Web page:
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Famous south African steam train futures hangs in the balance



 
 
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  #1  
Old March 28th, 2009, 09:32 AM posted to rec.travel.africa,alt.railroad
kilos[_2_]
external usenet poster
 
Posts: 2
Default Famous south African steam train futures hangs in the balance

Latest news from South Africa, is that the Outeniqua Choo-Tjoe - one
of the last few operational steam trains in South Africa will run for
another 3 months until a viable business solution can be attained,as
Transnet are selling off or rather ridding themselves of all non
profit and non core business divisions. Running costs $80k per month.

The train use to run between George and Knysna but due to floods years
ago the line was washed away in sections and the repair cost is
$13million for that bill, Spoornet does have insurance for that but it
seems like it is not in their business interests to use.

If you look on one of the views or in the Photo Gallery of the on the
http://midafricam.co.za web site you can see the decay of the railway
line across the famous Kaaimans curved railway bridge built in 1928.

http://www.theherald.co.za/gardenrou...aspx?id=404285 The
Herald Newspaper
THE Outeniqua Choo-Tjoe was thrown a lifeline yesterday – but only for
three months while plans are considered to save the popular tourist
attraction.

Western Cape Finance, Economic Development and Tourism MEC Garth
Strachan assured staff yesterday that the steam train would be kept
running until the end of June.

The Transnet Heritage Museum in George, which operates the iconic
steam engine, was threatened with closure at the end of this month
until Strachan stepped in. He initiated high-level talks to keep
operations going for three more months while a committee tasked with
finding ways to save the Choo- Tjoe completed its report.

Earlier this week, staff morale was at an all-time low.

However, Nichol Marais, the owner of a scenic rail experience in
motorised rail cars from the museum, said yesterday it wasn‘t only the
staff, but that the whole tourism industry was disappointed with the
slow progress being made in deciding the Choo-Tjoe‘s fate.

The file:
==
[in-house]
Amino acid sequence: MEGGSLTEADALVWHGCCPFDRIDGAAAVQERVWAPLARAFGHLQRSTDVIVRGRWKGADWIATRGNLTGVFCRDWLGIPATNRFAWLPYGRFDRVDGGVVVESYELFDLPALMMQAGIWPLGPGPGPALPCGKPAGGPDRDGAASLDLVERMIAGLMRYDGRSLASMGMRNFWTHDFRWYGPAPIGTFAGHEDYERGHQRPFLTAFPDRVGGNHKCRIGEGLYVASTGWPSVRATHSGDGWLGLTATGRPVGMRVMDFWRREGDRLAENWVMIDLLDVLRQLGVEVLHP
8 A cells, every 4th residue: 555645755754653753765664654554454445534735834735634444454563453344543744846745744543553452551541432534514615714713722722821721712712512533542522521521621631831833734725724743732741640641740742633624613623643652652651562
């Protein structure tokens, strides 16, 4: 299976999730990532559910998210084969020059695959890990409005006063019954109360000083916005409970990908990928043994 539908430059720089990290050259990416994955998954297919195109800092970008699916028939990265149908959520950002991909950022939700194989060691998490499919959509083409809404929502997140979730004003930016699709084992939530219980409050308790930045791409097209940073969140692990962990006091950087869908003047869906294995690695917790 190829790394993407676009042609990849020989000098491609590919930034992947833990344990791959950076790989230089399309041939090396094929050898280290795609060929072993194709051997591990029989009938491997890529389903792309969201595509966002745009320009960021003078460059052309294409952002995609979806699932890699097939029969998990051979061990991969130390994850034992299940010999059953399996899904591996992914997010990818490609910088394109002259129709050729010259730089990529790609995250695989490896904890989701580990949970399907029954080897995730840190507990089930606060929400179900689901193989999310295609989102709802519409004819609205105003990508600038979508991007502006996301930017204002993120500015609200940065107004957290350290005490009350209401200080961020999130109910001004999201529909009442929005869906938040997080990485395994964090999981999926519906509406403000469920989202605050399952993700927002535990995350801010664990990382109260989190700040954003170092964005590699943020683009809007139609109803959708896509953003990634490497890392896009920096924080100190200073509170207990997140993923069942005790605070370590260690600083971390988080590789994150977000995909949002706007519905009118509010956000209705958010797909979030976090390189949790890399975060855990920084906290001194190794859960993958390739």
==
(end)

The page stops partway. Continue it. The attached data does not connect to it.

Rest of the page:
Strachan said the uncertainty was regrettable and he sympathised with
the workers. His department was doing everything possible to save the
Choo-Tjoe.

“At the moment, the George to Mossel Bay train costs R800000 a month
to run, this is not a small amount and that is why we got a private
company in to assess the (various) recommendations,” he said,
referring to recommendations by a steering committee looking at ways
of saving the Choo-Tjoe.

The train used to run between Knysna and George but the route was
changed to George–Mossel Bay after the rail line was damaged near
Wilderness in the 2006-07 floods.

Strachan said with the economic recession, government did not want to
cause job losses.

“The report is on my table and, in due course, we will make a decision
which will be in the best interests of tourism and the Southern Cape.”

One proposal is for a shorter run between Knysna and Wilderness, as it
is too costly at present to repair the three flood-damaged rail
bridges between Wilderness and George.


Regards

Justin Miles
South Africa & Outeniqua Choo-Tjoe Railca - http://midafricam.co.za
  #2  
Old April 29th, 2009, 09:32 PM posted to rec.travel.africa,alt.railroad
kilos
external usenet poster
 
Posts: 2
Default Famous south African steam train futures hangs in the balance

I really do hope that this cycle track never happens and replaces the
raiway track,lets hope all lines get repaired, man the loss of that
George-Knysna railway line will go down in history as the biggest loss
for the GR area. Lets hope for a positive outcome from business,
rather put a cycleway on the Oudtshoorn to Calitzdorp disused railway
line

On Mar 28, 11:32*am, kilos wrote:
Latest news from South Africa, is that the Outeniqua Choo-Tjoe - one
of the last few operational steam trains in South Africa will run for
another 3 months until a viable business solution can be attained,as
Transnet are selling off or rather ridding themselves of all non
profit and non core business divisions. Running costs $80k per month.



IT was a great loss to tourism when the August 2006 storms put a stop
to the historical steam train running between George and Knysna and
ever since, the W-Cape Regional Government (WCRG) has done what it can
to reinstate the Outeniqua Choo-Tjoe. The service provider appointed
last year to investigate this possibility submitted its report a month
ago and a decision is awaited.
However, if impossible to reinstate the steam train, a unique
opportunity will arise to create something entirely new that has the
potential to more than compensate for tourism losses, and at the same
time benefit the local population in other important ways.
South Africa has wonderful wilderness trails for walkers and hikers,
as well as trails for mountain bikers. It also has wildly popular mass-
start one-day events for cyclists. But we have yet to tap into the
great potential of cycle tourism (touring by bicycle) and to actively
promote cycling as a form of transportation.
Commuter and tour cycling are greener-than-green activities that the
country desperately needs, but one of the major reasons why we don't
have them is because we have not provided the essential infrastructure
that they require.
A cycleway is a pathway dedicated for the use of cyclists, having a
surface with gradients and sight-lines suited to cyclists. A cycleway
must be entirely free of motorised vehicles - both for safety and